Just like everyone else, people with panic disorder have real stress in their lives. They get laid off and they fight with their spouses. How such stresses affect their panic symptoms hasn’t been well understood, but a new study by researchers at Brown University presents the counterintuitive finding that certain kinds of stressful life events cause panic symptoms to increase gradually over succeeding months, rather than to spike immediately.
“We definitely expected the symptoms to get worse over time, but we also thought the symptoms would get worse right away,” said Ethan Moitra, a postdoctoral researcher in the Department of Psychiatry and Human Behavior at the Warren Alpert Medical School of Brown University.
But even if the events don’t seem to trigger an immediate panic attack, said Dr. Martin Keller, professor of psychiatry and human behavior and principal investigator of the research, patients, family members, or their psychiatrists need to keep their guard up.
“If they have the event and they are not feeling much different then maybe the vigilance on the individual’s part decreases somewhat,” Keller said. “With the knowledge we have, you may need to stay vigilant for three months or maybe longer. This is something you have to watch for.”
In their study, published in advance June 11 in the Journal of Affective Disorders, lead author Moitra, Keller, and their co-authors also found that panic symptoms did not seem to increase in advance of stressful life events, even if they were predictable, such as a divorce becoming official.
The study is based annual assessments of 418 adults with panic disorder or panic disorder with agoraphobia, who were enrolled in the Harvard/Brown Anxiety Research Project (HARP) between 1998 and 2004. Research staff asked the volunteers detailed, standardized questions about important events in their lives and their levels of anxiety.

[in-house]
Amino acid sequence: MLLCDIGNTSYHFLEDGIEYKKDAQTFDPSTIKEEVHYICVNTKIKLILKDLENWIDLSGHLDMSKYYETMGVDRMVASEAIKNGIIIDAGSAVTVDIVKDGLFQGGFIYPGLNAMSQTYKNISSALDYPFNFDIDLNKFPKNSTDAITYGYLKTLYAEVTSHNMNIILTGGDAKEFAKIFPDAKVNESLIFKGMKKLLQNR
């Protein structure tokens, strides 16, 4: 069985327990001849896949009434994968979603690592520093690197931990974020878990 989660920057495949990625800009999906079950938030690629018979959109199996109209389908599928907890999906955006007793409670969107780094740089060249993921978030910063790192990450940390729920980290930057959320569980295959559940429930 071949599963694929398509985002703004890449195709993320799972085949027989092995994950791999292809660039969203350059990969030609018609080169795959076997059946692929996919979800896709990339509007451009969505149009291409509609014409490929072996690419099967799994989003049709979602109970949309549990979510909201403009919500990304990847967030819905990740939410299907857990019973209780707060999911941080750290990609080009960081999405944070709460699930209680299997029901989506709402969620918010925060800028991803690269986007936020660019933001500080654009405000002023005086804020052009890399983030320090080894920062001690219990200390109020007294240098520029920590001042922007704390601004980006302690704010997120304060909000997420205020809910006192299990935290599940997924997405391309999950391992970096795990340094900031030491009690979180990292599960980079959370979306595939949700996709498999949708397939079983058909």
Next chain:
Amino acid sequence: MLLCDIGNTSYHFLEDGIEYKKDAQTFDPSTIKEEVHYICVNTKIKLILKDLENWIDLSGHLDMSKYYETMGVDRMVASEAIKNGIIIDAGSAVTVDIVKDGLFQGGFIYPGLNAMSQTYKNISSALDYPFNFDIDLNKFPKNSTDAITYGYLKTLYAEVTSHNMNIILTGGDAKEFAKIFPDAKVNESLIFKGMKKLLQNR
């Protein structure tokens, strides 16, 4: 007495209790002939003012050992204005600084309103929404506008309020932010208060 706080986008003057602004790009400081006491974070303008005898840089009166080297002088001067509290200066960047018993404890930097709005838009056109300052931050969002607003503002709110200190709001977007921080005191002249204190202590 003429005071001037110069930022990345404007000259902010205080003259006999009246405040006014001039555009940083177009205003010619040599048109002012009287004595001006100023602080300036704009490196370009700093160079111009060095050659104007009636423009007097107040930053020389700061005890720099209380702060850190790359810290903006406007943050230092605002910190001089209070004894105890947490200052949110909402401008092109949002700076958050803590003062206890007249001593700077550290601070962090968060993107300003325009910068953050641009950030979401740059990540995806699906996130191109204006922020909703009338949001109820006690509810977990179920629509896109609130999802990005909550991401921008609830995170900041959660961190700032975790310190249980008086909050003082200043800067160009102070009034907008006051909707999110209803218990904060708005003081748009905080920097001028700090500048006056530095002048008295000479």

A statistical analysis of the results found that for stressful life events in the categories of “work,” such as a demotion or layoff, or “friends/family/household,” such as a family argument, panic symptoms that had meandering severity before the event, increased steadily but gradually for at least 12 weeks afterward.
Stressful events in seven other categories, such as “crime/legal” or “deaths” did not seem to affect panic symptoms at all.
While the findings about the effect of some stressful life events on symptoms of people already diagnosed with panic disorder are new, other researchers have connected stress to panic attacks before. Stressful events are associated with the onset of panic disorder in the vast majority of cases, Moitra said.
Moitra said a possible biological explanation for the association is that stressful life events might exacerbate an underlying proclivity in people with panic disorder to perceive oncoming bouts of hyperventilation, which in turn lead to panic responses.
But while some stressful events have proven to be associated with changes in panic symptom levels, more research is needed to determine what kind of causal role stressful events may have.
“This may be one of those reasons why panic disorders can get worse,” Moitra said.
In addition to Moitra and Keller, other authors include Brown psychiatry and human behavior researchers Ingryd Dyck, Courtney Beard, Andri Bjornsson, and Nicholas Sibrava. Author Risa Weisberg is also affiliated with the Alpert Medical School’s Department of Family Medicine. The National Institutes of Health funded the research.
Editors: Brown University has a fiber link television studio available for domestic and international live and taped interviews, and maintains an ISDN line for radio interviews. For more information, call (401) 863-2476.
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